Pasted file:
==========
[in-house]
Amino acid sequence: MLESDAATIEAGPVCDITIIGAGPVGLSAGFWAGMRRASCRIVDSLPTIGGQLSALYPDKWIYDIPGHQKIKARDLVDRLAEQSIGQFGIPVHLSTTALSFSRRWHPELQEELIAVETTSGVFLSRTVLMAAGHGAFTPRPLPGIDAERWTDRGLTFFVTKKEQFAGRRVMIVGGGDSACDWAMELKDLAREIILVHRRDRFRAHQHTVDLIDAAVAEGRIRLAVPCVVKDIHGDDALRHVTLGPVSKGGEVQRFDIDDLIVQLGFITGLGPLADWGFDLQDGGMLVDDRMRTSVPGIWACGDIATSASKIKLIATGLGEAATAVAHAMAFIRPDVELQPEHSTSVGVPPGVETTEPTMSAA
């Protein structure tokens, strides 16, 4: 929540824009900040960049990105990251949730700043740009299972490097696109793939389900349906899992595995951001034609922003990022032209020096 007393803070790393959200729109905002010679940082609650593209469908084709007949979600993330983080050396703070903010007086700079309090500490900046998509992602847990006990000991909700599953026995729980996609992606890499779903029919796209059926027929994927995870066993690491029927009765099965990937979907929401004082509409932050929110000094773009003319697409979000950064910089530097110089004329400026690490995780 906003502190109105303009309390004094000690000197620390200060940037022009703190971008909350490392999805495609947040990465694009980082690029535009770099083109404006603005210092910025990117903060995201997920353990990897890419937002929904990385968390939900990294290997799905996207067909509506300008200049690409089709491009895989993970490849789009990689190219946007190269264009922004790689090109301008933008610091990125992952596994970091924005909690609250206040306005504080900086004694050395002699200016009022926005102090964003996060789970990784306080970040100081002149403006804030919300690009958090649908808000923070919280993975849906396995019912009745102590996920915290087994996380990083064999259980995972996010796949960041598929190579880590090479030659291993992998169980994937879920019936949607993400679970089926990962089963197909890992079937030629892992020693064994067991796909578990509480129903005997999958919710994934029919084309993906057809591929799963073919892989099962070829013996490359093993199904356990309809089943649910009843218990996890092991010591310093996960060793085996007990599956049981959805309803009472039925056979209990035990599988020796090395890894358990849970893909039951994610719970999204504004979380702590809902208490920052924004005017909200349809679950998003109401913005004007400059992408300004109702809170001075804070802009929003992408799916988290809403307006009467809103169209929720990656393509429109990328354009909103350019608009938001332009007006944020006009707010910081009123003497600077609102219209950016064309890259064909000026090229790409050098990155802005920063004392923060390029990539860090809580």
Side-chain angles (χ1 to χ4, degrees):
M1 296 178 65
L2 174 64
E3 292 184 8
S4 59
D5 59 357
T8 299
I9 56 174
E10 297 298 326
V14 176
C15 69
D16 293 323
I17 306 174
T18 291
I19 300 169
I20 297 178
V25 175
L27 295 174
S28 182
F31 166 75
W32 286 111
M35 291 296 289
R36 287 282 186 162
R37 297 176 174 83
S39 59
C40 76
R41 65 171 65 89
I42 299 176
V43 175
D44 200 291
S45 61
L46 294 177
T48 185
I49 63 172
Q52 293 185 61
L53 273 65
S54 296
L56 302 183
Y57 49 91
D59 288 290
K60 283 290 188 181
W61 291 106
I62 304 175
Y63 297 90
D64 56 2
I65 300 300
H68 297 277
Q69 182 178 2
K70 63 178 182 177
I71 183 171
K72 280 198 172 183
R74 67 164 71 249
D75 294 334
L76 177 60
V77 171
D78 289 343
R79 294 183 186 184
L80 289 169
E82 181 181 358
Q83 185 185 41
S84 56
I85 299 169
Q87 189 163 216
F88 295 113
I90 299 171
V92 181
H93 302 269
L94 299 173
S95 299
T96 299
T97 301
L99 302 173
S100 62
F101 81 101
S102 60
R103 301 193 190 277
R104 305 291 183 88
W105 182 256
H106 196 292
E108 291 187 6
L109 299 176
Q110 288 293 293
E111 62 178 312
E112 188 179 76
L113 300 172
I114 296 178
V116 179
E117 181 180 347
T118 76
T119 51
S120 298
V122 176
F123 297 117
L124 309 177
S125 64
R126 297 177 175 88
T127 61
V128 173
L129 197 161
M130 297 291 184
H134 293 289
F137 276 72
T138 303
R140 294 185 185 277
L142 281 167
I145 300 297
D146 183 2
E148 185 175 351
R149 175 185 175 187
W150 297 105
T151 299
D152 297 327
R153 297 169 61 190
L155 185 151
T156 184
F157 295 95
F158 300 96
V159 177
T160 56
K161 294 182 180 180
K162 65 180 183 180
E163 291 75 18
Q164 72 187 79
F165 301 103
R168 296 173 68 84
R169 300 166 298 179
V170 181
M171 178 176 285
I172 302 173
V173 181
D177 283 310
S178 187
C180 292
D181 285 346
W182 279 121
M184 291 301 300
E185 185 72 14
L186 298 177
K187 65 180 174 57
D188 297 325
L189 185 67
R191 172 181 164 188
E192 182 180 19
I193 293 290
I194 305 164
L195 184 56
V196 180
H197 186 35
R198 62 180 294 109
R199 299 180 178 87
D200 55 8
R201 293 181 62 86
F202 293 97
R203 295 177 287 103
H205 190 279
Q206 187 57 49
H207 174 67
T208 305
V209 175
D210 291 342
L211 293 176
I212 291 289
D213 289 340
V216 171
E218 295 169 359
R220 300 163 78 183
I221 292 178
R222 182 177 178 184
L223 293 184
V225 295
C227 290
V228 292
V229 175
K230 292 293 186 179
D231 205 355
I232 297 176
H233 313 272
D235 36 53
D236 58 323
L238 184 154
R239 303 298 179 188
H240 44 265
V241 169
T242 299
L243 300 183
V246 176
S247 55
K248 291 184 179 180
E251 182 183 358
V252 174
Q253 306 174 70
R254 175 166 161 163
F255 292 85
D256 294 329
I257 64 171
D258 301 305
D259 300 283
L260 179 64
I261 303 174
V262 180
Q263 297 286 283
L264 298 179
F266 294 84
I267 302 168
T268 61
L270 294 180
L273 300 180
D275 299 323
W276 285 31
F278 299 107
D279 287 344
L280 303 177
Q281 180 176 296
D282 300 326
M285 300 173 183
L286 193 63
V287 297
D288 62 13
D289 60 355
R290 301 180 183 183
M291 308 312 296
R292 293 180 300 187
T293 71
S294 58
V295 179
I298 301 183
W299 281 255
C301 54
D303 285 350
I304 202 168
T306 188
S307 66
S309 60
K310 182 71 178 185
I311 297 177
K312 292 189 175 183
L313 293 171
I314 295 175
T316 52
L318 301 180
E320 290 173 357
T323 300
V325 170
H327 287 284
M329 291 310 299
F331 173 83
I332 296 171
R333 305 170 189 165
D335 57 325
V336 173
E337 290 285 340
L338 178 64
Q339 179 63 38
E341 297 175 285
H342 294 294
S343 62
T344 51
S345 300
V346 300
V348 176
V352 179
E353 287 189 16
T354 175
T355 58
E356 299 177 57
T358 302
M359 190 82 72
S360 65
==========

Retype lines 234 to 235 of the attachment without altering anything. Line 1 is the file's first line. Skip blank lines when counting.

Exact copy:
T306 188
S307 66